While Hawley was the artist for the mural, she was planning to paint in a volunteer capacity; the funds acquired from the city and from community donations were to purchase supplies, including metal silhouettes included in the original design.
After the onslaught of input this summer, Hawley revised the design, ditching the silhouettes and taking a more traditional route.
When the URB voted to pause the project, Commissioners Hawley, Marcia Morrow and Sandra Jordan all resigned from the commission.
"We were generally feeling a lack of support from the city," Hawley said. "Having them renegotiate on their decision was just the final straw. Because of the fickle nature of the way this was handled, I was not willing to wait."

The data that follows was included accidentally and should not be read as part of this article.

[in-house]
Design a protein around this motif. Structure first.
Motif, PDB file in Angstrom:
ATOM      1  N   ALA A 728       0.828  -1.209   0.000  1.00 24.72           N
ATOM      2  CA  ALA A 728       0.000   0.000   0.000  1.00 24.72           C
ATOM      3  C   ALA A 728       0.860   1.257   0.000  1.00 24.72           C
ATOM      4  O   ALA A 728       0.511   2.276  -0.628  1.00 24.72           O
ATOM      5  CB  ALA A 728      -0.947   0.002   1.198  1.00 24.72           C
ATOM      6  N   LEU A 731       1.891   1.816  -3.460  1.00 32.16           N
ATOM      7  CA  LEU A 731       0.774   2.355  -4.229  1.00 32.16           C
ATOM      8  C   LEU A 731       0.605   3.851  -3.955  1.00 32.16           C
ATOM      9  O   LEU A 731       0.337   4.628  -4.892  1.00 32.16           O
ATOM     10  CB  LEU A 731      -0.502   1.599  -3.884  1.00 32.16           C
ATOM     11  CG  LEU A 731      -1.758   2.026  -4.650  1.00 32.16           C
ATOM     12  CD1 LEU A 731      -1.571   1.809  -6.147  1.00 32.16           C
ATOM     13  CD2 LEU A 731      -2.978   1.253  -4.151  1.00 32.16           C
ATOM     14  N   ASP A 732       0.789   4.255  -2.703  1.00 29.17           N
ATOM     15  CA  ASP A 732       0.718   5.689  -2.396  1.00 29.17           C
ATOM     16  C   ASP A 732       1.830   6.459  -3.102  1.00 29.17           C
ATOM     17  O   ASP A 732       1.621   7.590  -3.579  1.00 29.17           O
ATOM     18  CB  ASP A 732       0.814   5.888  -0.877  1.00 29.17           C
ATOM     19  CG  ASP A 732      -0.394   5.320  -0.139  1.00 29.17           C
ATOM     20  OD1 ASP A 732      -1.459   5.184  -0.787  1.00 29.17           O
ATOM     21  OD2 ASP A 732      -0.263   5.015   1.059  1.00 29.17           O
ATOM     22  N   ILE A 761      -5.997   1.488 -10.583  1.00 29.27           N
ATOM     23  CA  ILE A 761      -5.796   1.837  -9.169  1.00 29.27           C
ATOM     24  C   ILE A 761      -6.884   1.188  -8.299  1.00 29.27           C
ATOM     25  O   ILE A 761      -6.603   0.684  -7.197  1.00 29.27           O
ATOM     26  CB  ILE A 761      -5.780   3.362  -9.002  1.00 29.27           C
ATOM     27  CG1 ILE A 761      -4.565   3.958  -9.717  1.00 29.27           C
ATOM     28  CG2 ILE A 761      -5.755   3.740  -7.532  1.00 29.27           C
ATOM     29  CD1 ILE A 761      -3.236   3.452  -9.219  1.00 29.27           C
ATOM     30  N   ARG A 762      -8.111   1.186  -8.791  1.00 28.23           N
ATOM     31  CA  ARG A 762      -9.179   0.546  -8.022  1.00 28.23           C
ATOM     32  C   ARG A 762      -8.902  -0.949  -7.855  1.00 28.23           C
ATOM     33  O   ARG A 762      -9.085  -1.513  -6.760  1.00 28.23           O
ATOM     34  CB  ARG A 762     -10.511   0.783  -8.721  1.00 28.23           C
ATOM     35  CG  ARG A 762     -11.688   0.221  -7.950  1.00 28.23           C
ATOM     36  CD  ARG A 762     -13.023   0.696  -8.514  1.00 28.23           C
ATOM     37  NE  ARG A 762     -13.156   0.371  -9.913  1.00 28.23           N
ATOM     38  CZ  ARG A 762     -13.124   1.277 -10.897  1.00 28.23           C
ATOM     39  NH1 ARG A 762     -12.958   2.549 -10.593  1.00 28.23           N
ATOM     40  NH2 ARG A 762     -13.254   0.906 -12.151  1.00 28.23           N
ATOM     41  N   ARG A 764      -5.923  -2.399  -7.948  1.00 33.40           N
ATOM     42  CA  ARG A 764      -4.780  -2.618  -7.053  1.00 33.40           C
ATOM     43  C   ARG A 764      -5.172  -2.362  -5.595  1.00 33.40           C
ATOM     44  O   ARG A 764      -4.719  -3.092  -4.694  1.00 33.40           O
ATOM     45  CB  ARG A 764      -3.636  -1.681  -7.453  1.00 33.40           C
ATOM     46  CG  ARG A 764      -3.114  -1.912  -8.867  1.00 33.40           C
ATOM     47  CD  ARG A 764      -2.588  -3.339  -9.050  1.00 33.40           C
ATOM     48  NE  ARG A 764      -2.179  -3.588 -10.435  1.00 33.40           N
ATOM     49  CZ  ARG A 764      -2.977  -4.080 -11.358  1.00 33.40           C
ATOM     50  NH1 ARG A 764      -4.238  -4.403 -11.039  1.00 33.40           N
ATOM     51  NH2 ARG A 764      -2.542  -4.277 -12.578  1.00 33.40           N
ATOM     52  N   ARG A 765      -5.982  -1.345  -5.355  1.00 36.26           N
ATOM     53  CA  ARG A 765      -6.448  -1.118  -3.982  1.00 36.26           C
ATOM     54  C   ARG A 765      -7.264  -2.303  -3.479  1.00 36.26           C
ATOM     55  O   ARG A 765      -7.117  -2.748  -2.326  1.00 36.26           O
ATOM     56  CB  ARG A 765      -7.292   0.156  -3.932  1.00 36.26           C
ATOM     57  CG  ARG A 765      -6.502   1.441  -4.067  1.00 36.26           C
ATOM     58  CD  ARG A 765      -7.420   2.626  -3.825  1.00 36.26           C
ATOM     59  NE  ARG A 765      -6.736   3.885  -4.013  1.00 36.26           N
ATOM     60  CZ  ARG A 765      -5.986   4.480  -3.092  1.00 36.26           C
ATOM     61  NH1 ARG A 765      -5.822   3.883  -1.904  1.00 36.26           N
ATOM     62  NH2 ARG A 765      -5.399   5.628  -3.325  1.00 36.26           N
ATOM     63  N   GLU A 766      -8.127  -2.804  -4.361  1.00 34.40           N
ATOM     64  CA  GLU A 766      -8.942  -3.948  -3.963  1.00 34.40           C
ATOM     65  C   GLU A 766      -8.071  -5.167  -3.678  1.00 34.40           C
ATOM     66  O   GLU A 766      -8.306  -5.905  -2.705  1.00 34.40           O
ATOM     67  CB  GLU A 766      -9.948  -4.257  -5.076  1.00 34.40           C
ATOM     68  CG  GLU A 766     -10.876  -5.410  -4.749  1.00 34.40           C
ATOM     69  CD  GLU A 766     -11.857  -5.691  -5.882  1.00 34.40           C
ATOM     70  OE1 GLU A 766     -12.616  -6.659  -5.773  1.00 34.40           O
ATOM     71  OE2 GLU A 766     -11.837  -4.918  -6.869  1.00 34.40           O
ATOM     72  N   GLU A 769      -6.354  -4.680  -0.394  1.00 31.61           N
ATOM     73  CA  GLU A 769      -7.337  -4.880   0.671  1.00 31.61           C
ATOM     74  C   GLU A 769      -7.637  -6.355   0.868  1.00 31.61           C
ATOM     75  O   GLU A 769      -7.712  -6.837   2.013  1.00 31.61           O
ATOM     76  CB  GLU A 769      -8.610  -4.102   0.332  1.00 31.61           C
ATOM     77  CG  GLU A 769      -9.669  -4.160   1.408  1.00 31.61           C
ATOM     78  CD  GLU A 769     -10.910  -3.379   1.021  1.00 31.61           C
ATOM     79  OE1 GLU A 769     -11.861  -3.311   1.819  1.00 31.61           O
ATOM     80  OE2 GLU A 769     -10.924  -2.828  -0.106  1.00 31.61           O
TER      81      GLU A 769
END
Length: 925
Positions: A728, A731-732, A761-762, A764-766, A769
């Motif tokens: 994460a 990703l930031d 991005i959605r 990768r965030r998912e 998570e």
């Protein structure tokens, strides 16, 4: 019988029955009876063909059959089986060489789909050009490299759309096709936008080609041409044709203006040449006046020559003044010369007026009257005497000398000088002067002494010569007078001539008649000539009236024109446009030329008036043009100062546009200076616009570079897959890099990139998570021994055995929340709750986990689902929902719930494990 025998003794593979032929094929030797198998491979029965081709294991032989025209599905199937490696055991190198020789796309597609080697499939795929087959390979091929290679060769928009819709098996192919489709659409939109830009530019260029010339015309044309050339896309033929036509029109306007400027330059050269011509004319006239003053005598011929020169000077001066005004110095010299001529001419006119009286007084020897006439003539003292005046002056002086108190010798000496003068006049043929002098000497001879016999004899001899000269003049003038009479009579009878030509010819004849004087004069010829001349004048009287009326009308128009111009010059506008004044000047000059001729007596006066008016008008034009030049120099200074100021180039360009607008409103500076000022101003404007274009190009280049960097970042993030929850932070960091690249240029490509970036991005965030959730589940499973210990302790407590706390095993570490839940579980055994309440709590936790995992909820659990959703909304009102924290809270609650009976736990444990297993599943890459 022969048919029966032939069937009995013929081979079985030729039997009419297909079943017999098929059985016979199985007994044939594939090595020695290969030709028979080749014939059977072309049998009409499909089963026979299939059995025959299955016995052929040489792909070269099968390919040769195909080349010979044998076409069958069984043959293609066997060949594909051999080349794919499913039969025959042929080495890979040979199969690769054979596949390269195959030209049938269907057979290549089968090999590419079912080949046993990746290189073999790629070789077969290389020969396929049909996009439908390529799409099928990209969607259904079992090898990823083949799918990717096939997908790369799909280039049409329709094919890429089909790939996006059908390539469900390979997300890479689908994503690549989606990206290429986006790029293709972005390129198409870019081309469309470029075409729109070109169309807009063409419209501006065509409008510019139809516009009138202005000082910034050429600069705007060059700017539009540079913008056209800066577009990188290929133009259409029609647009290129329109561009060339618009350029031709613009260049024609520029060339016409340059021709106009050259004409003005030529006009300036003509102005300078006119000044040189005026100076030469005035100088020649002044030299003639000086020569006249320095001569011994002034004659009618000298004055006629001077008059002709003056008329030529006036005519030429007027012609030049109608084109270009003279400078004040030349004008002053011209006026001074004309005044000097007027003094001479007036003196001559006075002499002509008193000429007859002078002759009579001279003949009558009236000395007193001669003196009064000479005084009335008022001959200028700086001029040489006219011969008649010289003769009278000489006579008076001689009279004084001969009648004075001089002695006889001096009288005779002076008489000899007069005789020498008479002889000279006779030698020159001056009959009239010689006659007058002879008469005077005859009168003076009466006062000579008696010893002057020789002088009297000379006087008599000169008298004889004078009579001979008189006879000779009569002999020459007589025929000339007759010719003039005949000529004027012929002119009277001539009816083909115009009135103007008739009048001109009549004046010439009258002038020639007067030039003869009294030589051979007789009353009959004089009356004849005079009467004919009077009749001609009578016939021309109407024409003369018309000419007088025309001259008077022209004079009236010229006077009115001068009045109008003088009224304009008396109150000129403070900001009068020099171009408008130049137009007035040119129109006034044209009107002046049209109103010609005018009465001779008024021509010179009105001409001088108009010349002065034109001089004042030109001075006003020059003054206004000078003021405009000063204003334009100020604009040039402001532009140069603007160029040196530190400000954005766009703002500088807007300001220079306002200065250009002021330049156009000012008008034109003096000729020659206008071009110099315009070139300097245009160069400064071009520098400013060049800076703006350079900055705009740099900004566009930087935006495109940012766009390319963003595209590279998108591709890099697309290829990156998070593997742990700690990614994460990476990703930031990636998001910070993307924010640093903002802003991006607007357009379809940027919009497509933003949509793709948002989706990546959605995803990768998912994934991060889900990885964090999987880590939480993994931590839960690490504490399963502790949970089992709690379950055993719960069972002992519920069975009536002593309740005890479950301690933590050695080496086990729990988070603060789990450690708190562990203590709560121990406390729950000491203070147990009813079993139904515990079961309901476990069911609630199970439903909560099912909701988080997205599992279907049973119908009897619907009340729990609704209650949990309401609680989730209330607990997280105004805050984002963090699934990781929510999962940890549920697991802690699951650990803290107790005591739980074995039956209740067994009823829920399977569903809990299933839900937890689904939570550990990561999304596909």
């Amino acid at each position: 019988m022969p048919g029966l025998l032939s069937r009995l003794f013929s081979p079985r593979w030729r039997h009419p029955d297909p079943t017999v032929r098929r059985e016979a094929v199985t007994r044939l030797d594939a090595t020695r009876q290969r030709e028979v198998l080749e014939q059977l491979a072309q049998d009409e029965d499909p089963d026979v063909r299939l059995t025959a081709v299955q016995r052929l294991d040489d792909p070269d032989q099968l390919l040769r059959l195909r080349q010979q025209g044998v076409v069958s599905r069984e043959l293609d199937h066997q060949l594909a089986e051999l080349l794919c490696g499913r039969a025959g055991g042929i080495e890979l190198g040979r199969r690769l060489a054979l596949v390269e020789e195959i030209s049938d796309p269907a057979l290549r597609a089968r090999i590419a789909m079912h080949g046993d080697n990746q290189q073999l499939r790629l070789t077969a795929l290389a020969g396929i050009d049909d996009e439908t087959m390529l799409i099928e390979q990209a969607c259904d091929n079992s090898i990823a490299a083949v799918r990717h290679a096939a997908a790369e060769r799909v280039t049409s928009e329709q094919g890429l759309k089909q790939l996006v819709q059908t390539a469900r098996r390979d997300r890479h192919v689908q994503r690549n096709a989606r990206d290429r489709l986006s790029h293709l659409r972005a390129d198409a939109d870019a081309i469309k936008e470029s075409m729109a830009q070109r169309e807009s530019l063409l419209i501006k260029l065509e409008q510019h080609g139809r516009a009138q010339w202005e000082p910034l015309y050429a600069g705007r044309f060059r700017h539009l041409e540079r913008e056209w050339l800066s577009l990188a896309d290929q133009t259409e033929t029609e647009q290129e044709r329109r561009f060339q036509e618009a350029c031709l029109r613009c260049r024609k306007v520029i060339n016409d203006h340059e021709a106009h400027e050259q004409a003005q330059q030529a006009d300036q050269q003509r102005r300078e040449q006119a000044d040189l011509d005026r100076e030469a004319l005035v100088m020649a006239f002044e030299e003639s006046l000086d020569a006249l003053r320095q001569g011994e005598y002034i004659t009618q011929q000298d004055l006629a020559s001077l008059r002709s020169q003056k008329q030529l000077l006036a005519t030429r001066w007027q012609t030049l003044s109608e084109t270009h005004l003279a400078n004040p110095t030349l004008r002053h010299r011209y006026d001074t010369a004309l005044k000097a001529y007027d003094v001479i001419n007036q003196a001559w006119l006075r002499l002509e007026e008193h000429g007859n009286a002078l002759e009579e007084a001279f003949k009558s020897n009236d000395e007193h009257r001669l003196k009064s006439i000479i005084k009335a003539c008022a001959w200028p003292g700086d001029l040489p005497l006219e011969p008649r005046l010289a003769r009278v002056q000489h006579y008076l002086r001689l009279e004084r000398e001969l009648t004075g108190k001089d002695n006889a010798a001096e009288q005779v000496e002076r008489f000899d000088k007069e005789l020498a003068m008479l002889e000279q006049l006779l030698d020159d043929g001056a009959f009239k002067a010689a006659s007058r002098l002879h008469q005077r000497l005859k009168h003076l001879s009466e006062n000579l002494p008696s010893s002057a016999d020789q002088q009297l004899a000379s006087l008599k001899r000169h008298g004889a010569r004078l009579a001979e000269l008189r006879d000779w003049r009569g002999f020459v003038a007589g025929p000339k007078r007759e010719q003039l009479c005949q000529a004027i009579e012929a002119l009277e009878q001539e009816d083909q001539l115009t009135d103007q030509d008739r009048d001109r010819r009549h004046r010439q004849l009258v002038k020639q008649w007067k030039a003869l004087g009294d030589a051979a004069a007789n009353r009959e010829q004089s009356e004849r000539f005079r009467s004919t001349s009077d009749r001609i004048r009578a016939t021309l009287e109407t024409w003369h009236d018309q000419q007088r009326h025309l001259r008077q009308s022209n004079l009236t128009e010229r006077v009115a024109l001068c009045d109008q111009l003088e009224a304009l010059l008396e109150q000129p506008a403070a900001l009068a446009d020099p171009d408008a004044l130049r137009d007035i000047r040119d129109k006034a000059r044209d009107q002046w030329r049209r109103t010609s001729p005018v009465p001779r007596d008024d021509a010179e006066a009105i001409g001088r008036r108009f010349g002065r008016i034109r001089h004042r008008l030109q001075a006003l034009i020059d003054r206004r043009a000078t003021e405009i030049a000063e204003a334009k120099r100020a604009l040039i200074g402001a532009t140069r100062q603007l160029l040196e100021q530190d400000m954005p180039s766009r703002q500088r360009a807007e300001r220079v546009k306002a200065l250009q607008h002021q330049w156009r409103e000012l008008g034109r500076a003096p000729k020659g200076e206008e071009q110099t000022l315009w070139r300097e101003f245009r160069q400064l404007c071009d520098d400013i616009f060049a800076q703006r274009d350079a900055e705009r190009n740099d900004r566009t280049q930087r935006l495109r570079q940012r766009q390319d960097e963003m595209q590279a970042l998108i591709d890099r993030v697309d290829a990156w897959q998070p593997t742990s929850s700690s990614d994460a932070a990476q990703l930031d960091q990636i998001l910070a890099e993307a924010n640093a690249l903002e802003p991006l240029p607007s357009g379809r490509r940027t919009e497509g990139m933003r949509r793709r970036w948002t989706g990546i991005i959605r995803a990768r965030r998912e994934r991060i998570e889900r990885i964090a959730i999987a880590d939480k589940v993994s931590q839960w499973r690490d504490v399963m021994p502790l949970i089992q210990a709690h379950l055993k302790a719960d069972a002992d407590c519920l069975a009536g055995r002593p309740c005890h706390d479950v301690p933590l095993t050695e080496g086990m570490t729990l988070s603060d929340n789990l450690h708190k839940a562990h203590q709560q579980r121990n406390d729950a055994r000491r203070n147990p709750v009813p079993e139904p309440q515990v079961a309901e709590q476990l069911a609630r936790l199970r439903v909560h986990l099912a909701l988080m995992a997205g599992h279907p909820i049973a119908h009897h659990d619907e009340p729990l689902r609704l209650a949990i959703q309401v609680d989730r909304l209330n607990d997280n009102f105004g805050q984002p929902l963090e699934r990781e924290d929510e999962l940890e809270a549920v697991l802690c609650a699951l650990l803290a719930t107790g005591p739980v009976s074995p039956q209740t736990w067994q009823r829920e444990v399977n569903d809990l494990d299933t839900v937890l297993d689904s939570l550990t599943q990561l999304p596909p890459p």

At the Oct. 5 City Council meeting, councilors voted to put the commission on a "strategic pause," citing the fact that the commission is down to three of its seven members — with three terms expiring in December and people notoriously less available during the winter holidays — as reason to wait until January to interview for and fill those positions.
In the meantime, Hawley has been working with building owner Brad Picking and the Wy-East Artisans Guild to make the "Growing Together" mural a private venture and collect new donations. Before she resigned, Hawley requested that previously gathered donations be returned to the donors since the vision and process of the project was changing.
Though the arts commission has only existed since 2018, Hawley has been involved in the conception of the commission for almost a decade. She was one of the community members involved in the ad hoc committee to commission the Centennial mural and the salmon fountain in Centennial Plaza. After that experience she actually suggested the arts commission to the city.